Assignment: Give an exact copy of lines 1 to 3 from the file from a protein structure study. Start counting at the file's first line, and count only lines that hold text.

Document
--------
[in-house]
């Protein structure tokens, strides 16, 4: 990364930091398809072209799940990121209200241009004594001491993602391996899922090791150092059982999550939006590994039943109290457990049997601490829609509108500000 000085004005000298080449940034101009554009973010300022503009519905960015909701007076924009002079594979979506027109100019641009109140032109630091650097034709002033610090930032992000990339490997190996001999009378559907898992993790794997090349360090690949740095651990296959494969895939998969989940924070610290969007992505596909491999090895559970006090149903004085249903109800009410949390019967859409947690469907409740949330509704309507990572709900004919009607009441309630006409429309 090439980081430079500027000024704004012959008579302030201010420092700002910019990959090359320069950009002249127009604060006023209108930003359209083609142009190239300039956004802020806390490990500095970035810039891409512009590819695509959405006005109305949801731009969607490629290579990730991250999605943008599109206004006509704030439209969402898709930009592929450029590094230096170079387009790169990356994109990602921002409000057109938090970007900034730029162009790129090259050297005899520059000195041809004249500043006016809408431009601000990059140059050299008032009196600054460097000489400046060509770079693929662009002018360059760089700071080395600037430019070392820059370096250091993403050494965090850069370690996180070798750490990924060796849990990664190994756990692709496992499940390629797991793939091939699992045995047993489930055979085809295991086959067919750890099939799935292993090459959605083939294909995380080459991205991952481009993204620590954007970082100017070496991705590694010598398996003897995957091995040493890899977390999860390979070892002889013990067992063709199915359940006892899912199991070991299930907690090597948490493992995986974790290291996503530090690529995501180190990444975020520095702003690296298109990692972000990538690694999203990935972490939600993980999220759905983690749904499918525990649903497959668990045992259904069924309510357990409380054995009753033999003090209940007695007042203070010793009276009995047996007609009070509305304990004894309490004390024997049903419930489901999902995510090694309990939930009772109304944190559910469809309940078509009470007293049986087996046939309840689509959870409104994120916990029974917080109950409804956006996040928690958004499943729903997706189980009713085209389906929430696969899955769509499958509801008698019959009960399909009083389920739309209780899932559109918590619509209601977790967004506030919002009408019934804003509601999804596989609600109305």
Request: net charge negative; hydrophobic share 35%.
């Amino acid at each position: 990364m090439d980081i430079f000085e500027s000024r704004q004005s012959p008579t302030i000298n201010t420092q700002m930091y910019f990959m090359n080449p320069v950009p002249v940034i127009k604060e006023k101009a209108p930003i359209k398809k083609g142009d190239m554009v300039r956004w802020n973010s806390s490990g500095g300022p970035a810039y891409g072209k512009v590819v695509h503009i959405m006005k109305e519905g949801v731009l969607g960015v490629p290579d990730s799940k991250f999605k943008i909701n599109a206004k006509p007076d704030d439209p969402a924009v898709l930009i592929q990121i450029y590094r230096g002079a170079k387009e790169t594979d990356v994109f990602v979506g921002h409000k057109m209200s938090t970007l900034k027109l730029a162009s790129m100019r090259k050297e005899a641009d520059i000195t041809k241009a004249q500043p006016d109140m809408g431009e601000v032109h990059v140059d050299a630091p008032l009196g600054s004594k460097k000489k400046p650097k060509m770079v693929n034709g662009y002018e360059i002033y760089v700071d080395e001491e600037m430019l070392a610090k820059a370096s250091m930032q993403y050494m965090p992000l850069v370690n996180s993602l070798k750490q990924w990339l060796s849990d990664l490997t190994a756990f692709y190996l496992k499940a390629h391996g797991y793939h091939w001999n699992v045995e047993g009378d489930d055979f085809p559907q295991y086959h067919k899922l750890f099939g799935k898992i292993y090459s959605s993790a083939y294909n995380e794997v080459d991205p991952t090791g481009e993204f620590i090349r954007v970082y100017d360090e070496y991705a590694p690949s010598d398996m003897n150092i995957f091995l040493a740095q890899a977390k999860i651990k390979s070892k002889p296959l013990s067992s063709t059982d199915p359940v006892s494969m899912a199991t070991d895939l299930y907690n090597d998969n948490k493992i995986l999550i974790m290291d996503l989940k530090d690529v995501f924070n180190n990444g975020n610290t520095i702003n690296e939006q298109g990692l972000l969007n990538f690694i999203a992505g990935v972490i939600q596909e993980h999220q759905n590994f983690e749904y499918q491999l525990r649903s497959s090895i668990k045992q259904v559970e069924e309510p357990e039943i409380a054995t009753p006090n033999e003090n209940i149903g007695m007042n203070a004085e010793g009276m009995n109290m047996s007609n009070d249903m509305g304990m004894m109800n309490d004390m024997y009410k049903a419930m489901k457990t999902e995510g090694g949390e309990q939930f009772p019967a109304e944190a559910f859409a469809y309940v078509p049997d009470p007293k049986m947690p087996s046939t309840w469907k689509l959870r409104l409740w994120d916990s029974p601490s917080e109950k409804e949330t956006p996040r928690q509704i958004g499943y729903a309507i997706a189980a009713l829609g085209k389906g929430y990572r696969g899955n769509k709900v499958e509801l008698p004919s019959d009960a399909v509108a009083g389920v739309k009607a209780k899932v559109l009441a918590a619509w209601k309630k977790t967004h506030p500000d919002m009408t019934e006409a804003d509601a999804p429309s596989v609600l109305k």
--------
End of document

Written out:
[in-house]
């Protein structure tokens, strides 16, 4: 990364930091398809072209799940990121209200241009004594001491993602391996899922090791150092059982999550939006590994039943109290457990049997601490829609509108500000 000085004005000298080449940034101009554009973010300022503009519905960015909701007076924009002079594979979506027109100019641009109140032109630091650097034709002033610090930032992000990339490997190996001999009378559907898992993790794997090349360090690949740095651990296959494969895939998969989940924070610290969007992505596909491999090895559970006090149903004085249903109800009410949390019967859409947690469907409740949330509704309507990572709900004919009607009441309630006409429309 090439980081430079500027000024704004012959008579302030201010420092700002910019990959090359320069950009002249127009604060006023209108930003359209083609142009190239300039956004802020806390490990500095970035810039891409512009590819695509959405006005109305949801731009969607490629290579990730991250999605943008599109206004006509704030439209969402898709930009592929450029590094230096170079387009790169990356994109990602921002409000057109938090970007900034730029162009790129090259050297005899520059000195041809004249500043006016809408431009601000990059140059050299008032009196600054460097000489400046060509770079693929662009002018360059760089700071080395600037430019070392820059370096250091993403050494965090850069370690996180070798750490990924060796849990990664190994756990692709496992499940390629797991793939091939699992045995047993489930055979085809295991086959067919750890099939799935292993090459959605083939294909995380080459991205991952481009993204620590954007970082100017070496991705590694010598398996003897995957091995040493890899977390999860390979070892002889013990067992063709199915359940006892899912199991070991299930907690090597948490493992995986974790290291996503530090690529995501180190990444975020520095702003690296298109990692972000990538690694999203990935972490939600993980999220759905983690749904499918525990649903497959668990045992259904069924309510357990409380054995009753033999003090209940007695007042203070010793009276009995047996007609009070509305304990004894309490004390024997049903419930489901999902995510090694309990939930009772109304944190559910469809309940078509009470007293049986087996046939309840689509959870409104994120916990029974917080109950409804956006996040928690958004499943729903997706189980009713085209389906929430696969899955769509499958509801008698019959009960399909009083389920739309209780899932559109918590619509209601977790967004506030919002009408019934804003509601999804596989609600109305």
Request: net charge negative; hydrophobic share 35%.